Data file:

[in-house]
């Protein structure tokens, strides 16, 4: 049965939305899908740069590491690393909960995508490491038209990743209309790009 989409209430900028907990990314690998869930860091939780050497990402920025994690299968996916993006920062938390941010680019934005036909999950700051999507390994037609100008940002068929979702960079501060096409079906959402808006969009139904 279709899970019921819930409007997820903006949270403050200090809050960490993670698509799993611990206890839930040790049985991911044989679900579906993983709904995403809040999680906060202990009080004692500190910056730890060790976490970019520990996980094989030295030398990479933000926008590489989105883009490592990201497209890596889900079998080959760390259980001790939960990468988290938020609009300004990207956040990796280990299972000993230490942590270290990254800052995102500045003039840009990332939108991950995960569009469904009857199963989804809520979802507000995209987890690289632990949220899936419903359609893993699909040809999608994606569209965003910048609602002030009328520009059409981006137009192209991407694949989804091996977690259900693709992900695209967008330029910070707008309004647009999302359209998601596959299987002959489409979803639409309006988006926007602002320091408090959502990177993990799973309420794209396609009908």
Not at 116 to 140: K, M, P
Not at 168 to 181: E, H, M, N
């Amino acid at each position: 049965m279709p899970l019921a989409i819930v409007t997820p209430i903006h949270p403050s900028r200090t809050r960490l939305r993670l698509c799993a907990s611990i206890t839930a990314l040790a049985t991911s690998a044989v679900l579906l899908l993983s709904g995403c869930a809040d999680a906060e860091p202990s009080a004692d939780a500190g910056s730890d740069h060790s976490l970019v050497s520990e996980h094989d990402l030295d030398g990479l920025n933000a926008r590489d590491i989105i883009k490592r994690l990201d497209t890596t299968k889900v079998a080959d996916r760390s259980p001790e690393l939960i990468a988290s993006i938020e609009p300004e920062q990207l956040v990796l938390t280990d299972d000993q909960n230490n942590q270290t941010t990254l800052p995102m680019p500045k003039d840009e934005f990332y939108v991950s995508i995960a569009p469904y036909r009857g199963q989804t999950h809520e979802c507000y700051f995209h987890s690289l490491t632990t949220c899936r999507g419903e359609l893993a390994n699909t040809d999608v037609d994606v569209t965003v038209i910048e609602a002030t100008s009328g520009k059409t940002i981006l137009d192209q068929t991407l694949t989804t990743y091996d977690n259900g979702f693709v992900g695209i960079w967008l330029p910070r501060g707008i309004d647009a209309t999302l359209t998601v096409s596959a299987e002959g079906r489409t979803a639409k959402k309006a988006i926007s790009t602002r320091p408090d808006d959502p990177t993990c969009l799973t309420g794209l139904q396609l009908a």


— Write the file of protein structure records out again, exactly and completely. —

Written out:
[in-house]
């Protein structure tokens, strides 16, 4: 049965939305899908740069590491690393909960995508490491038209990743209309790009 989409209430900028907990990314690998869930860091939780050497990402920025994690299968996916993006920062938390941010680019934005036909999950700051999507390994037609100008940002068929979702960079501060096409079906959402808006969009139904 279709899970019921819930409007997820903006949270403050200090809050960490993670698509799993611990206890839930040790049985991911044989679900579906993983709904995403809040999680906060202990009080004692500190910056730890060790976490970019520990996980094989030295030398990479933000926008590489989105883009490592990201497209890596889900079998080959760390259980001790939960990468988290938020609009300004990207956040990796280990299972000993230490942590270290990254800052995102500045003039840009990332939108991950995960569009469904009857199963989804809520979802507000995209987890690289632990949220899936419903359609893993699909040809999608994606569209965003910048609602002030009328520009059409981006137009192209991407694949989804091996977690259900693709992900695209967008330029910070707008309004647009999302359209998601596959299987002959489409979803639409309006988006926007602002320091408090959502990177993990799973309420794209396609009908």
Not at 116 to 140: K, M, P
Not at 168 to 181: E, H, M, N
């Amino acid at each position: 049965m279709p899970l019921a989409i819930v409007t997820p209430i903006h949270p403050s900028r200090t809050r960490l939305r993670l698509c799993a907990s611990i206890t839930a990314l040790a049985t991911s690998a044989v679900l579906l899908l993983s709904g995403c869930a809040d999680a906060e860091p202990s009080a004692d939780a500190g910056s730890d740069h060790s976490l970019v050497s520990e996980h094989d990402l030295d030398g990479l920025n933000a926008r590489d590491i989105i883009k490592r994690l990201d497209t890596t299968k889900v079998a080959d996916r760390s259980p001790e690393l939960i990468a988290s993006i938020e609009p300004e920062q990207l956040v990796l938390t280990d299972d000993q909960n230490n942590q270290t941010t990254l800052p995102m680019p500045k003039d840009e934005f990332y939108v991950s995508i995960a569009p469904y036909r009857g199963q989804t999950h809520e979802c507000y700051f995209h987890s690289l490491t632990t949220c899936r999507g419903e359609l893993a390994n699909t040809d999608v037609d994606v569209t965003v038209i910048e609602a002030t100008s009328g520009k059409t940002i981006l137009d192209q068929t991407l694949t989804t990743y091996d977690n259900g979702f693709v992900g695209i960079w967008l330029p910070r501060g707008i309004d647009a209309t999302l359209t998601v096409s596959a299987e002959g079906r489409t979803a639409k959402k309006a988006i926007s790009t602002r320091p408090d808006d959502p990177t993990c969009l799973t309420g794209l139904q396609l009908a």